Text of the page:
Parents and students should also talk about who will be responsible for handling financial details, like semester payments, aid renewal materials, and scholarship applications.
A parent paying all or part of the college tuition bill needs to have a conversation with their student about their expectations when it comes to sharing information like grades, Gilchrist-Minasidis says. Students can authorize the release of grades and other information on the University’s ShareLink site.
“Define a successful semester,” Gilchrist-Minasidis says. “Anticipating concerns and mapping out potential strategies will alleviate stress on the part of both students and parents.”
Talk with your daughter or son about your expectations regarding the frequency of your communication, whether by phone, email, or text. Do you need to keep in touch once a month, once a week, or every two days?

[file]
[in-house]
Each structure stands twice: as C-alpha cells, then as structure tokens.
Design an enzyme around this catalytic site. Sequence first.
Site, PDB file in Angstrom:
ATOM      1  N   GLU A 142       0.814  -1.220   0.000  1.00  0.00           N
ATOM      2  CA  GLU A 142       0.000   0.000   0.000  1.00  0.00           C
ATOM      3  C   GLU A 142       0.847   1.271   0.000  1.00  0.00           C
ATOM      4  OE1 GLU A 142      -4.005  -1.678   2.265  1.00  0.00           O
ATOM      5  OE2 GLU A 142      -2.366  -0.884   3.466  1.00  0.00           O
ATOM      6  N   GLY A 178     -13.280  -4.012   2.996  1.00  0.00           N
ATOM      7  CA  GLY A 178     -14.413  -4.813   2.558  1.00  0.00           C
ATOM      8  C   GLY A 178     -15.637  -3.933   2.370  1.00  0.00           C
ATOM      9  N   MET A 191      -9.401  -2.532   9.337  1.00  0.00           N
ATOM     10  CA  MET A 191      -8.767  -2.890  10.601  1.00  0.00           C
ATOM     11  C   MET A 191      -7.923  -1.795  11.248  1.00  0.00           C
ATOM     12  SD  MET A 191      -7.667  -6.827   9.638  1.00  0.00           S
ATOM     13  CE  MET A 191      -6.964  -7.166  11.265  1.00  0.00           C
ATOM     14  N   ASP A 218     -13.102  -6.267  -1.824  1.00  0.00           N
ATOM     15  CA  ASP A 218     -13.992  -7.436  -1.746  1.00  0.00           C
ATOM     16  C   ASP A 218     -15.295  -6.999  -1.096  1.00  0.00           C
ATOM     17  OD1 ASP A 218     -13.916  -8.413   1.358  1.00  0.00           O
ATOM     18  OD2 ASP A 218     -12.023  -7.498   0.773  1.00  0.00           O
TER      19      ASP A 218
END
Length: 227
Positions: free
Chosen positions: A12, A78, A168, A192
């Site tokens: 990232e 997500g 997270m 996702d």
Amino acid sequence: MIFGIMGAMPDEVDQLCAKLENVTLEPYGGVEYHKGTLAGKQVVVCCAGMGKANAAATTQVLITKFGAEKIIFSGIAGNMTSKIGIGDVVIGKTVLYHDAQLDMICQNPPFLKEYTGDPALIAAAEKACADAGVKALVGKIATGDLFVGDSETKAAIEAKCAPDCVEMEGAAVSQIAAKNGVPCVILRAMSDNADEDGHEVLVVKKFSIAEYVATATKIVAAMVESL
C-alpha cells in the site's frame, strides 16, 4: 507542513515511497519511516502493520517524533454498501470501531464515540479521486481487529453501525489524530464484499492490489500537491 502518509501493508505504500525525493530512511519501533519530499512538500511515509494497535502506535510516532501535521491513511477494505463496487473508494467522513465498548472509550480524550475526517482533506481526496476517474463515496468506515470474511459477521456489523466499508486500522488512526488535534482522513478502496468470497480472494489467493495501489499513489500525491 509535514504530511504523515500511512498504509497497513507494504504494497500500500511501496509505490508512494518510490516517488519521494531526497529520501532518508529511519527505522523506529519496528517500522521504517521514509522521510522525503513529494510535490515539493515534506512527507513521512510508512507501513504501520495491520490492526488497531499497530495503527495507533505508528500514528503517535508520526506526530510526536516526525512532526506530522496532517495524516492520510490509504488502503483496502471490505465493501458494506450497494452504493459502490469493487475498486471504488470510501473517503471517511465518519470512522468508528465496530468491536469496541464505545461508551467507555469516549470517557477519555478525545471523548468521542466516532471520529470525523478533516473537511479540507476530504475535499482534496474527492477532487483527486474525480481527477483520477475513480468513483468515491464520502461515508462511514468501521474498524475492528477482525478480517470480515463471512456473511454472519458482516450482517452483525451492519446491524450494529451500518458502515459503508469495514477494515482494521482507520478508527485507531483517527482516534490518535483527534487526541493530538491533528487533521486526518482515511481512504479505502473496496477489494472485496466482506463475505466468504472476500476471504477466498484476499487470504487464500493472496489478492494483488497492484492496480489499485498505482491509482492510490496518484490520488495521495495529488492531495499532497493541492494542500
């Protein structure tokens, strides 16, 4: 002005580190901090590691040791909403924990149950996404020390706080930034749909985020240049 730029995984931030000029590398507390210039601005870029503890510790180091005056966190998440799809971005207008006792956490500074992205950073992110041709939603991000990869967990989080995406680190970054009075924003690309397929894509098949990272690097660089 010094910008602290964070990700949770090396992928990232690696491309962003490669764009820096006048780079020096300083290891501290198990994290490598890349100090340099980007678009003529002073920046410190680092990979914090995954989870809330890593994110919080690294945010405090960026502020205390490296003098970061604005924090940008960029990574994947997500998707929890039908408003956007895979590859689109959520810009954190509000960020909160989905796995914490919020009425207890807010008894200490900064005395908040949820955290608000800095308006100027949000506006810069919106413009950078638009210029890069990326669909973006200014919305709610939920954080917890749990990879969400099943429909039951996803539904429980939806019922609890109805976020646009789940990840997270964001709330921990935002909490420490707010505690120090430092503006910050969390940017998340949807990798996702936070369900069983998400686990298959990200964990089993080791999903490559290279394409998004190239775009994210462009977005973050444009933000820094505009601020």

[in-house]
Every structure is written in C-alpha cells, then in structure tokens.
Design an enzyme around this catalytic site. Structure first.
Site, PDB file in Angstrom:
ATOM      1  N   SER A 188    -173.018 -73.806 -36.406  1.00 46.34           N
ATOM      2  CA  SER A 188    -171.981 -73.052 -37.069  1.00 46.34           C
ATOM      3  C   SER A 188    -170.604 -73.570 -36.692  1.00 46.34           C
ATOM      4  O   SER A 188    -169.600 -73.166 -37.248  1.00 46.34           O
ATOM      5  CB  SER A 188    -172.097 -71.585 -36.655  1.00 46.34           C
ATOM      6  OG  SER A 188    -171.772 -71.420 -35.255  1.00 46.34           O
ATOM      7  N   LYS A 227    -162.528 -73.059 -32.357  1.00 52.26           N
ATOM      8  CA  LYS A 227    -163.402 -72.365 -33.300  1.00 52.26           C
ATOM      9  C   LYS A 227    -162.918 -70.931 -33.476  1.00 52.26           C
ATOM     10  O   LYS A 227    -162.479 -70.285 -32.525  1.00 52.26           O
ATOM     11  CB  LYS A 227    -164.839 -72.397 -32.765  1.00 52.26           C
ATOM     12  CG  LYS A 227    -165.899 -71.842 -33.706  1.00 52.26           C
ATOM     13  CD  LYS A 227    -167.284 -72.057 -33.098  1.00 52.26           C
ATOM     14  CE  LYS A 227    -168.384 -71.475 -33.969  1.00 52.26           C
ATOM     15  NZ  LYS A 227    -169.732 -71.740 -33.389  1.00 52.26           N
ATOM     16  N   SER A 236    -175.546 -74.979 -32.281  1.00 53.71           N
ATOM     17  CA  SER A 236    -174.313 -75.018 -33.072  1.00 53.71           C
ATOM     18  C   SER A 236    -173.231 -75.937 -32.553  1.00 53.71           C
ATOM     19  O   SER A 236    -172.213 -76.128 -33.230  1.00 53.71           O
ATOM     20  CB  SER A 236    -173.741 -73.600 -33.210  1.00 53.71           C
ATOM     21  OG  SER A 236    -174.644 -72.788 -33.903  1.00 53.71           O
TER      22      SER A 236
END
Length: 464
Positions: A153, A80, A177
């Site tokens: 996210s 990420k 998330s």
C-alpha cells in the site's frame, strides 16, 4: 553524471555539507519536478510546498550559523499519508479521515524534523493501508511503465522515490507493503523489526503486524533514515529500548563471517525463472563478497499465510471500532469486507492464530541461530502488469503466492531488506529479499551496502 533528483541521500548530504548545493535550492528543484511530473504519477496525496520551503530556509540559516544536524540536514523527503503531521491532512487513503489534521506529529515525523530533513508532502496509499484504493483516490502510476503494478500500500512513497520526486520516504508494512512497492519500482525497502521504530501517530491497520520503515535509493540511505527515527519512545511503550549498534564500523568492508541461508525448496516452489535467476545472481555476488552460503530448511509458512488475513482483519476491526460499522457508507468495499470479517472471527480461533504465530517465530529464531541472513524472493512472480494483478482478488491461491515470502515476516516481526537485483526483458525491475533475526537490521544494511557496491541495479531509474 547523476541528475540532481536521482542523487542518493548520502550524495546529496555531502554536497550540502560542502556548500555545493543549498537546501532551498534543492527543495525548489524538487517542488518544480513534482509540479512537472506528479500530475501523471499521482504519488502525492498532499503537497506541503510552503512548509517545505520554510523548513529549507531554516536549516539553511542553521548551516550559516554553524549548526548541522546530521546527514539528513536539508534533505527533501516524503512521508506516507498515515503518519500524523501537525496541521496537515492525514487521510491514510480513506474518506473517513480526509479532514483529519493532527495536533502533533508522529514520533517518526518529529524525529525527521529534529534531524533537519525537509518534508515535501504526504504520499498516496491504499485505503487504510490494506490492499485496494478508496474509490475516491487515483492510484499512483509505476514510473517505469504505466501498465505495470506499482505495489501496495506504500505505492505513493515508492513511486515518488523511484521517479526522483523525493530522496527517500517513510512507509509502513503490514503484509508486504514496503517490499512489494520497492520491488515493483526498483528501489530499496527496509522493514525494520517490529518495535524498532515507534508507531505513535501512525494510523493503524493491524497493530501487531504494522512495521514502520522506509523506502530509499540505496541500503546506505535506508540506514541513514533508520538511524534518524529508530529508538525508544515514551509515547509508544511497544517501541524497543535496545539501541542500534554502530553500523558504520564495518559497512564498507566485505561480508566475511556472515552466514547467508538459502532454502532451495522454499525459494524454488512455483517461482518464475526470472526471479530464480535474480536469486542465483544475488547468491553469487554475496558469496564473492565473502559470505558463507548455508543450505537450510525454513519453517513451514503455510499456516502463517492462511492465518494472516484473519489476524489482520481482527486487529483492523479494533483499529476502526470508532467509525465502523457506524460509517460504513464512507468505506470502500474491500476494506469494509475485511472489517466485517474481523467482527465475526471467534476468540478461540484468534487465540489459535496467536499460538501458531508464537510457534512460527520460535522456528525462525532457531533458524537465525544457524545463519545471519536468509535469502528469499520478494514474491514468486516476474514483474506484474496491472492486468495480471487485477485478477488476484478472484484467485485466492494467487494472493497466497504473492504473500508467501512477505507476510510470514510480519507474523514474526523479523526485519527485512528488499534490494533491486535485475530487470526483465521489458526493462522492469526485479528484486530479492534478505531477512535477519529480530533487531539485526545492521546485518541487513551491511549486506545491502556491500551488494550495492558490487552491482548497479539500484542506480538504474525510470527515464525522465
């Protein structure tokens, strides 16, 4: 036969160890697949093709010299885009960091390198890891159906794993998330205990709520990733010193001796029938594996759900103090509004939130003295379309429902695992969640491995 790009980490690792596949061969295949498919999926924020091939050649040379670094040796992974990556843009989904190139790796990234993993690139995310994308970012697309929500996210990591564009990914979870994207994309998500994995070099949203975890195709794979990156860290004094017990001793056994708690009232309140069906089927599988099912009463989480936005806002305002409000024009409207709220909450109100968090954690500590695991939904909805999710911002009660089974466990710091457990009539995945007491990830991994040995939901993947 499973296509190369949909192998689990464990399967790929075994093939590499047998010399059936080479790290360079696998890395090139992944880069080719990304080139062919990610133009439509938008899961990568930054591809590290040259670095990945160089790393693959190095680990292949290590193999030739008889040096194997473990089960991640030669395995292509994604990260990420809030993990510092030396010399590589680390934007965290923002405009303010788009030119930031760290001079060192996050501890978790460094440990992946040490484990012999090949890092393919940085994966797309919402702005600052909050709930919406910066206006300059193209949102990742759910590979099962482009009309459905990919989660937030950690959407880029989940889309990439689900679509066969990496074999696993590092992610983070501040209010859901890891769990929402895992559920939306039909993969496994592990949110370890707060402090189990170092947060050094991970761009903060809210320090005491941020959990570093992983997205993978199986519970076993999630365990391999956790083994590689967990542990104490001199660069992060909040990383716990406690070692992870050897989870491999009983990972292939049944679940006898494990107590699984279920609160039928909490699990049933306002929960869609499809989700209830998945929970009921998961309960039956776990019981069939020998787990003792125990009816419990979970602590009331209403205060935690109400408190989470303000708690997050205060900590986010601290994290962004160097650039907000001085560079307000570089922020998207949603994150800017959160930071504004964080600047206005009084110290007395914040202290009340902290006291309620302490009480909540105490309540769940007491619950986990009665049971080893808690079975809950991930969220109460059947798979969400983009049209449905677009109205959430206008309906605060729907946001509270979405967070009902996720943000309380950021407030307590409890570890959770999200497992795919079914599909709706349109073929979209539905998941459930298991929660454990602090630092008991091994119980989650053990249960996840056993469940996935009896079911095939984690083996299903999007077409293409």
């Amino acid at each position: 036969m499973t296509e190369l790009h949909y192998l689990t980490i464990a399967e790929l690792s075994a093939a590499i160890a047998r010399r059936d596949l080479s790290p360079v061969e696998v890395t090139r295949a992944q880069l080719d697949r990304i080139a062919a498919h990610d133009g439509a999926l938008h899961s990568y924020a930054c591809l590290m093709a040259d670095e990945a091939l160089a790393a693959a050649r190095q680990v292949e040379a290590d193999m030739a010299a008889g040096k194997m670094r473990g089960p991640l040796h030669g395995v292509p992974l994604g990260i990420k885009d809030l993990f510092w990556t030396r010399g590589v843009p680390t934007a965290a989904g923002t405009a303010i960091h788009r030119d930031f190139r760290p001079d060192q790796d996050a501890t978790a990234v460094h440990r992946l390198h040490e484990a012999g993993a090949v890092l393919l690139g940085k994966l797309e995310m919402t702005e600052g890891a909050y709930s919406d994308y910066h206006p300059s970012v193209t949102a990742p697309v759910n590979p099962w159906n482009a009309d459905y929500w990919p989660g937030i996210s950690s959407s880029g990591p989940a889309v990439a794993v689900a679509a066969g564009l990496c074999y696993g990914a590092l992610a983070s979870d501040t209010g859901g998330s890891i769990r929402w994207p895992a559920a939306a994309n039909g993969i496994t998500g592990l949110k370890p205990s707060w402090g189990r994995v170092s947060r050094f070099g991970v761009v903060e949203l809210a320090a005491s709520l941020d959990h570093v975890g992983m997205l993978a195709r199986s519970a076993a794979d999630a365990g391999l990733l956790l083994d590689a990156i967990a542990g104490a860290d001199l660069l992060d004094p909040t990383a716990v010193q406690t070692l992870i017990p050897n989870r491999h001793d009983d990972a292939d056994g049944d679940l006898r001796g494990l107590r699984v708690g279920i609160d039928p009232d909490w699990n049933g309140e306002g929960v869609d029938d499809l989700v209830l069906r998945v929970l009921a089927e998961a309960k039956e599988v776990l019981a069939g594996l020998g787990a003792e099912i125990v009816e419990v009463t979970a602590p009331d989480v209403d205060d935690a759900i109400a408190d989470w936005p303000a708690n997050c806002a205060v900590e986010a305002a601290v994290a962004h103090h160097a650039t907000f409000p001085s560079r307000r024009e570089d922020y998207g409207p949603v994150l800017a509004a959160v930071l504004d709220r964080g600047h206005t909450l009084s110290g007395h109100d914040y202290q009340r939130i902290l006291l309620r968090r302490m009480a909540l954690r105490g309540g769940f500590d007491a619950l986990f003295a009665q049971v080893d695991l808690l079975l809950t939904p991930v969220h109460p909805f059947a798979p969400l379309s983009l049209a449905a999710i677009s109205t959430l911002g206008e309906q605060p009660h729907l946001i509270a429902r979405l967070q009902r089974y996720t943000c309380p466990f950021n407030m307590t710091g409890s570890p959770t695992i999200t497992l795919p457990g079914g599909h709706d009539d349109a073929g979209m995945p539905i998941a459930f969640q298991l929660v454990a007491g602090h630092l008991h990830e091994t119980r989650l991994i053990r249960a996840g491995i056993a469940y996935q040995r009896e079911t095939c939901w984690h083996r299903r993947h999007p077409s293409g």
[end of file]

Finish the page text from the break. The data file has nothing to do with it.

If your student ignores an agreed-upon plan, have another conversation about it. Try to keep an open dialogue, and remember—be flexible if they are struggling with maintaining a communication routine. This is all new to them.
If you don’t hear from your son or daughter, text them directly and ask for a one-word answer to the question, “R U safe?” If you still don’t hear, consider the possibilities. Maybe your student has lost their phone charger and is waiting for a new one to arrive from Amazon.
The University can conduct a wellness check if there is significant concern about a student’s safety, Landa says. But that’s typically a last resort, after emails and texts have gone unanswered.
Wellness checks are sometimes conducted by campus police, who will go to a student’s dorm or residence. But bear this in mind: having a campus police officer show up at a dorm room can be scary, awkward, or embarrassing for a student if they are, in fact, completely fine and maybe just not in the mood to connect with mom or dad.